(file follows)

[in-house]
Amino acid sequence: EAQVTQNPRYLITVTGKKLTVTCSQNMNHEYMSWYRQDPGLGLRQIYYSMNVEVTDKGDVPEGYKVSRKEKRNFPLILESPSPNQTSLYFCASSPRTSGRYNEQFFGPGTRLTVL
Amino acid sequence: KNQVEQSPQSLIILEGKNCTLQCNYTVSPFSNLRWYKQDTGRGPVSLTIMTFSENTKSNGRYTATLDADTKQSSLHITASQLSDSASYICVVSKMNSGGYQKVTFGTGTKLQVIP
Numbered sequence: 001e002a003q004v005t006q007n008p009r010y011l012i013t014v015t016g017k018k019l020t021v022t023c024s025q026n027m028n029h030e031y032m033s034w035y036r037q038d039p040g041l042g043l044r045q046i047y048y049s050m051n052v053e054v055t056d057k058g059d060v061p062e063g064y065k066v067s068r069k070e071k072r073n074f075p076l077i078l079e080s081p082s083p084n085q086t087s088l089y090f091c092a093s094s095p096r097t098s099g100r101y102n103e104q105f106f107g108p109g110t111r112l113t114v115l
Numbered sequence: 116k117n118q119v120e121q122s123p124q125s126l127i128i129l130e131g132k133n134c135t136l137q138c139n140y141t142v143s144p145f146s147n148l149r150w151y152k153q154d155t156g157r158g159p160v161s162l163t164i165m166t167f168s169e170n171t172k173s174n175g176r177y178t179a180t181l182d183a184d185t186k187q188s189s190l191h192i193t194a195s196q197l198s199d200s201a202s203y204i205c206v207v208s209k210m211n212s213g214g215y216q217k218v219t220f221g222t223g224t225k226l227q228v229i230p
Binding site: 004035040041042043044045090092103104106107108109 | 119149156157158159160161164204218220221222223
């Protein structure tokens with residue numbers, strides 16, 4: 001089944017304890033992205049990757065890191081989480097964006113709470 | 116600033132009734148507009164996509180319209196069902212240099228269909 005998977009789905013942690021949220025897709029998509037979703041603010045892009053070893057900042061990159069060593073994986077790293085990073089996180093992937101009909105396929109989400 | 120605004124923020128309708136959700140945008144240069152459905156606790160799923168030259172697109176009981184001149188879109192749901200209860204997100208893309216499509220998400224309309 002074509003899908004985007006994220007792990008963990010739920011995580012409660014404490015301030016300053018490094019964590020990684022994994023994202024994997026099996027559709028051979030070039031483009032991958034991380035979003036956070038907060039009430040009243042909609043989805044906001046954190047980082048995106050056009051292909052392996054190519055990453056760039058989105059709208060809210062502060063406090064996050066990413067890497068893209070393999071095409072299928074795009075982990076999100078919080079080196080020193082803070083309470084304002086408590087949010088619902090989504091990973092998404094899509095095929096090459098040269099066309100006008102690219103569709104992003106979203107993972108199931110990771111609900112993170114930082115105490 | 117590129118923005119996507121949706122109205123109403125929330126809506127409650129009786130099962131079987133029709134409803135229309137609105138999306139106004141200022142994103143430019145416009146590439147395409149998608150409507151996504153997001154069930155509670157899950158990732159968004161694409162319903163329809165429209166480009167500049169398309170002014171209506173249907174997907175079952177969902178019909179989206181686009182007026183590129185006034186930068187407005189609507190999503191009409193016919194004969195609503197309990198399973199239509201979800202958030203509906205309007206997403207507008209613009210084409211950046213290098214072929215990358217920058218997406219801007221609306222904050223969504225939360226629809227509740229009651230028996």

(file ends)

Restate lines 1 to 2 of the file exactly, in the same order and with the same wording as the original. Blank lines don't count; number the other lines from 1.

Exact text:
[in-house]
Amino acid sequence: EAQVTQNPRYLITVTGKKLTVTCSQNMNHEYMSWYRQDPGLGLRQIYYSMNVEVTDKGDVPEGYKVSRKEKRNFPLILESPSPNQTSLYFCASSPRTSGRYNEQFFGPGTRLTVL